In March 2020, Siobhan and I were awarded a SSHRC Partnership Development Grant to continue developing our work on scholarly podcasting in the form of the Amplify Podcast Network. This new scholarly podcast network, the first of its kind, will incorporate three new peer-reviewed podcasts. The project will also work to develop best practices for the preservation and discoverability of scholarly podcasts and to increase public awareness of podcasts as a form of scholarly communication.

Since joining the Publishing Program at Simon Fraser University, I have further expanded my research on Canadian literature and publishing into the contemporary state of the industry. In February 2018, I co-organized Publishing Unbound, a three-day symposium that brought together authors, activists, scholars, and publishing professionals in Canada to discuss inclusivity and accountability in the publishing industry. My co-edited book, Refuse: CanLit in Ruins (Book*hug 2018) tackles similar topics, providing a critical and historical context to help readers understand conversations happening about CanLit presently. The Toronto Star described it as “an important collection of immediate responses to [the] fracturing” of CanLit.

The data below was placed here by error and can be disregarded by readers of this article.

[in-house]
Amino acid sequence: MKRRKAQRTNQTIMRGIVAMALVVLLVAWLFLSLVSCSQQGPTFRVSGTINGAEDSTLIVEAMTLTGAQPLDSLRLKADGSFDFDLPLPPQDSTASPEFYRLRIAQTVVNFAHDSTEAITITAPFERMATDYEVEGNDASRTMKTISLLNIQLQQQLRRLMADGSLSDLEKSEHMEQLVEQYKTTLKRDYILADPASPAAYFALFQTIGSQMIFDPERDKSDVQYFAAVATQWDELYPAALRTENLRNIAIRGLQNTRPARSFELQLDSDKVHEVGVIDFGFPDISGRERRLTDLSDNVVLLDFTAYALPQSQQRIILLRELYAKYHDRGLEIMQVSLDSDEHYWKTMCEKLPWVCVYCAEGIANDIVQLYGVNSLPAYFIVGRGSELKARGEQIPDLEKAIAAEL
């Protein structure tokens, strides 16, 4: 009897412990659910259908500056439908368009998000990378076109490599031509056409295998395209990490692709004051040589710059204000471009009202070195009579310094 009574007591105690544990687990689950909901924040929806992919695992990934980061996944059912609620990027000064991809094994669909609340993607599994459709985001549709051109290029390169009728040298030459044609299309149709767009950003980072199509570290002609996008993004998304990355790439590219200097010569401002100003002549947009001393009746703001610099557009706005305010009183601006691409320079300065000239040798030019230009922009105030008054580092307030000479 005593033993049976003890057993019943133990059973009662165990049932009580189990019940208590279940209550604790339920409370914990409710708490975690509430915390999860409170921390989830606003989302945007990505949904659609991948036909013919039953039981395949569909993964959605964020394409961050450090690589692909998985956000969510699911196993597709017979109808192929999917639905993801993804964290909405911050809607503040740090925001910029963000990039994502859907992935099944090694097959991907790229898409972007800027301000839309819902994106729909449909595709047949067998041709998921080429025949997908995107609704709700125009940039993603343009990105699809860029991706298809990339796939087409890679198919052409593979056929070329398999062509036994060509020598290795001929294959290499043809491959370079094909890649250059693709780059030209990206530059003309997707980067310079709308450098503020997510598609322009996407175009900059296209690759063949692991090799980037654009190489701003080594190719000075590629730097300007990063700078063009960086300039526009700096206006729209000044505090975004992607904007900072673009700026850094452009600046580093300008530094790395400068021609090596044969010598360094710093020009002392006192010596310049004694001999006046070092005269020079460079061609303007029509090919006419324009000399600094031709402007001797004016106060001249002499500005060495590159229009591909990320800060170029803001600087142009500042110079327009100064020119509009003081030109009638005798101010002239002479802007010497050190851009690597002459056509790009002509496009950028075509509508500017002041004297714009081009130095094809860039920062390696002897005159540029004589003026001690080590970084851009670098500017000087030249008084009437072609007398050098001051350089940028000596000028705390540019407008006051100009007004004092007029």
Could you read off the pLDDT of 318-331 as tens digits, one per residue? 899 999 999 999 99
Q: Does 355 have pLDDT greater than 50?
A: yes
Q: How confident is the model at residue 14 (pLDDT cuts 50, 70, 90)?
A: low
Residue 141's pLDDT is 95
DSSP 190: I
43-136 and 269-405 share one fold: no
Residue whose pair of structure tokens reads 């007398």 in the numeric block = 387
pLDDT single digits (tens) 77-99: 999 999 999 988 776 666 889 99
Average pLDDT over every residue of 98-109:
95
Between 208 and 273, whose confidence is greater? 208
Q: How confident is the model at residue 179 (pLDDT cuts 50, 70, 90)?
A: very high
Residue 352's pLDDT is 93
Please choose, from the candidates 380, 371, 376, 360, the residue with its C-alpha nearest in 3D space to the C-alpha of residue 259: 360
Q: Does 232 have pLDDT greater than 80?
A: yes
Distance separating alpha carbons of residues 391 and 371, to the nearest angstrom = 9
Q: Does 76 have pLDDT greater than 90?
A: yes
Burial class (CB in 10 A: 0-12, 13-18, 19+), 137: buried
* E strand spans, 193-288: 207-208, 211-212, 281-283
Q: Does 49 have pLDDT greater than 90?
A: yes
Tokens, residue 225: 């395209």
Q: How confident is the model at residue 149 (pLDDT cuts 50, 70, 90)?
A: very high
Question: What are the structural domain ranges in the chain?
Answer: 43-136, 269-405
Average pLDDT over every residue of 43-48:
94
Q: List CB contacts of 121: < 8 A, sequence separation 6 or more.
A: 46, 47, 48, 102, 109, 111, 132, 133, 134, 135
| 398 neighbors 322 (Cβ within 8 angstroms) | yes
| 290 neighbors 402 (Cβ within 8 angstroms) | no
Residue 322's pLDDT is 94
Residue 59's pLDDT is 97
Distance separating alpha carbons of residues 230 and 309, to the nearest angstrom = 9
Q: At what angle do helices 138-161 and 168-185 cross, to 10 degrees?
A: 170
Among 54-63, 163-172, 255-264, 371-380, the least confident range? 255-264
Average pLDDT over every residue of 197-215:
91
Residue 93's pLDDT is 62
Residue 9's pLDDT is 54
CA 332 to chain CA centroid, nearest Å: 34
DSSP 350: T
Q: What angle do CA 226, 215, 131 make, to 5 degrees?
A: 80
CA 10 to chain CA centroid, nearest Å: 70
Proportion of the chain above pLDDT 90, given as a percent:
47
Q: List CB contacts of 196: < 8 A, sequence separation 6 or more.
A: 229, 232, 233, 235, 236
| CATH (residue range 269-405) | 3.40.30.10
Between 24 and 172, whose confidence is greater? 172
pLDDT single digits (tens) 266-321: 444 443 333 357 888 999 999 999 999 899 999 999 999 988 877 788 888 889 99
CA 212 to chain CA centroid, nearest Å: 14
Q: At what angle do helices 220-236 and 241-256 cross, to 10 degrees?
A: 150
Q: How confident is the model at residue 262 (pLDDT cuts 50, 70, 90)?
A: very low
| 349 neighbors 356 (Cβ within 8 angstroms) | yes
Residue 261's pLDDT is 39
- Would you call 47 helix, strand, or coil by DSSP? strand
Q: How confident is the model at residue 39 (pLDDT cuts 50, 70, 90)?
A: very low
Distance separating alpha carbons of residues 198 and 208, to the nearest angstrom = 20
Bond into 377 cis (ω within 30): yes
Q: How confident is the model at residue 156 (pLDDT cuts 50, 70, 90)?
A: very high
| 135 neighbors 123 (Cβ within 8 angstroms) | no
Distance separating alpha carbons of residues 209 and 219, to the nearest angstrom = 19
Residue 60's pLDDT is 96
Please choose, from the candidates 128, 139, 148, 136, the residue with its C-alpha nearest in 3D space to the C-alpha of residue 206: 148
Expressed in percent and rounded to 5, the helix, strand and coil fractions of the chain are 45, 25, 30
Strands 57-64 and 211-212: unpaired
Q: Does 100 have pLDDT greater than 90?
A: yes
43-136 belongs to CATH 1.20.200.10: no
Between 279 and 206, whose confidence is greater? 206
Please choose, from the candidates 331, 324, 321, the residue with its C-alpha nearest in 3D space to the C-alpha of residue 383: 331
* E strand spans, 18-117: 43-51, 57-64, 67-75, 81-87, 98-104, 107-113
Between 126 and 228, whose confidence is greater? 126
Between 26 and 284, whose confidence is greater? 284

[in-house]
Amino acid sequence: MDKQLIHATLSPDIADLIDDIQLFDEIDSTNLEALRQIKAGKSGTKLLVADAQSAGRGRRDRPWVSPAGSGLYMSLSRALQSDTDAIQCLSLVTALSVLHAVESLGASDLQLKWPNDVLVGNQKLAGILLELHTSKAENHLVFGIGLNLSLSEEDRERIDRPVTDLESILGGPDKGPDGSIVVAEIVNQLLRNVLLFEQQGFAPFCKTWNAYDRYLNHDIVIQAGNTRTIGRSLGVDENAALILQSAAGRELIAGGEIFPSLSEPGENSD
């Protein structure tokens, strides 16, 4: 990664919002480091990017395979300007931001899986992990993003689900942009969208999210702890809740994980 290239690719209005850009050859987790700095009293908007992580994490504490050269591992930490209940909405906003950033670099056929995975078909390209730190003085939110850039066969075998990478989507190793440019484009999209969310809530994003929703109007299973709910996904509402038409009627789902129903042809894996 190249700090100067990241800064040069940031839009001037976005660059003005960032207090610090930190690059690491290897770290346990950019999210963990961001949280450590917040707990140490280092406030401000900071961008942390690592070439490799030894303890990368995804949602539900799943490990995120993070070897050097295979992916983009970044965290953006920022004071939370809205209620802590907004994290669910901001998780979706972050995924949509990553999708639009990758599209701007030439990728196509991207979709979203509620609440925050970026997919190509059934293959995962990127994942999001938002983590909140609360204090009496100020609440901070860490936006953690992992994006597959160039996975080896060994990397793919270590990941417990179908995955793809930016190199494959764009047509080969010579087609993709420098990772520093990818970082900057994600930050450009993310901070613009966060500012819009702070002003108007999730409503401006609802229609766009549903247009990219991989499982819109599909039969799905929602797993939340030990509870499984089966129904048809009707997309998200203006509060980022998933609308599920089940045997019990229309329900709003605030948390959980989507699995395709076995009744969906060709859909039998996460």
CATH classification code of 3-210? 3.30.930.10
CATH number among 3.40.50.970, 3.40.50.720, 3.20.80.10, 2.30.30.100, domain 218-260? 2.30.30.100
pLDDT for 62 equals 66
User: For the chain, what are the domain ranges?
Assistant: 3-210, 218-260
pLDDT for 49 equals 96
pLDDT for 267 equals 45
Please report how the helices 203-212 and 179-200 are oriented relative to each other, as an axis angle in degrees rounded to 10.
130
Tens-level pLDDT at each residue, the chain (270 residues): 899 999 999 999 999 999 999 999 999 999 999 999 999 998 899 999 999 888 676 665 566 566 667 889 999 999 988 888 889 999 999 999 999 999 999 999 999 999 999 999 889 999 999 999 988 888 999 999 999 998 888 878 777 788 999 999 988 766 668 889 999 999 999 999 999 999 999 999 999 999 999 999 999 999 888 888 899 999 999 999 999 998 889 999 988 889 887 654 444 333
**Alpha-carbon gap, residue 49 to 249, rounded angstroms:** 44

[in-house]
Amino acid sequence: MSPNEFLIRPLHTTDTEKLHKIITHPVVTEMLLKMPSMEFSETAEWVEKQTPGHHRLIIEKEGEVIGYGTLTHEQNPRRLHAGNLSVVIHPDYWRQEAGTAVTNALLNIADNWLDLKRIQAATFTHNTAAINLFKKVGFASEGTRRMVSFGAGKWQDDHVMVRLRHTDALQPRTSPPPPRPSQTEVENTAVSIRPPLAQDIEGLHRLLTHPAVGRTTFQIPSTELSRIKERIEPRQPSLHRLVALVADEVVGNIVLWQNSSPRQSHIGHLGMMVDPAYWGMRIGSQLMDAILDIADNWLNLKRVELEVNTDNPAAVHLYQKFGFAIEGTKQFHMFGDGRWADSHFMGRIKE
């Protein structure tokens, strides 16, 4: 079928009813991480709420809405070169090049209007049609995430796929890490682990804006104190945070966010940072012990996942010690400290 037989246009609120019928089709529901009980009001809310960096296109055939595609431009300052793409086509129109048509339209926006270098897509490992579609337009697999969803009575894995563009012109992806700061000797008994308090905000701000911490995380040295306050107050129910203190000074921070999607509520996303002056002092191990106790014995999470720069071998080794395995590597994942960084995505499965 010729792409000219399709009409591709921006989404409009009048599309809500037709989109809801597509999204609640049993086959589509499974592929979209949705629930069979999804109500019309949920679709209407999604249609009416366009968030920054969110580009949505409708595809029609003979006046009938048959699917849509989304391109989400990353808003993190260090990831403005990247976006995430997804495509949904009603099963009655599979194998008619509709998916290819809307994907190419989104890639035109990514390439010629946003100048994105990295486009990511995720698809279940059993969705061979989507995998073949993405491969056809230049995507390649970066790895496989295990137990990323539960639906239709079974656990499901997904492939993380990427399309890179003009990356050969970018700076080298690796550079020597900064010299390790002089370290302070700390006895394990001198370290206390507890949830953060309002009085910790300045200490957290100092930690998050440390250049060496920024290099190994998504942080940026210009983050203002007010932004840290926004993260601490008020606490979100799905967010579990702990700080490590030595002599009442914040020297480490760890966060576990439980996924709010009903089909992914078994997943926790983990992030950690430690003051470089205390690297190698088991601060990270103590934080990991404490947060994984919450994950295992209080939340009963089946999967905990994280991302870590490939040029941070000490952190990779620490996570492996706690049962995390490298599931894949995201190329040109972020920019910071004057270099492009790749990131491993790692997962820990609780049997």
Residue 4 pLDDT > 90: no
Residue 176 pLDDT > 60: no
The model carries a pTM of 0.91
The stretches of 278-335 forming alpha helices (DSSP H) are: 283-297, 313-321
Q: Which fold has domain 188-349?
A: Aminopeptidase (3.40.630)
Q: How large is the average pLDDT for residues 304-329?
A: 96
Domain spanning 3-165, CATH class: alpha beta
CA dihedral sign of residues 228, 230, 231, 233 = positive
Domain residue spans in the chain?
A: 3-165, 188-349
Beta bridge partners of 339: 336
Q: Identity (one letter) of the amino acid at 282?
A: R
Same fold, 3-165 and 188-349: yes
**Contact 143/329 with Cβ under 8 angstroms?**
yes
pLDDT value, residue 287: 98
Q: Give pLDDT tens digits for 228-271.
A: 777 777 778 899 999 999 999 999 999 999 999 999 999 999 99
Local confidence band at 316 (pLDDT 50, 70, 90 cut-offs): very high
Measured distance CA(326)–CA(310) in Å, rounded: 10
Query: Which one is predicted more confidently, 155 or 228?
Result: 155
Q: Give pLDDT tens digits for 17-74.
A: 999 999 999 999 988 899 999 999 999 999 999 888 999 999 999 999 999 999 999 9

For more details about my publications, awards, and teaching experience, see my CV.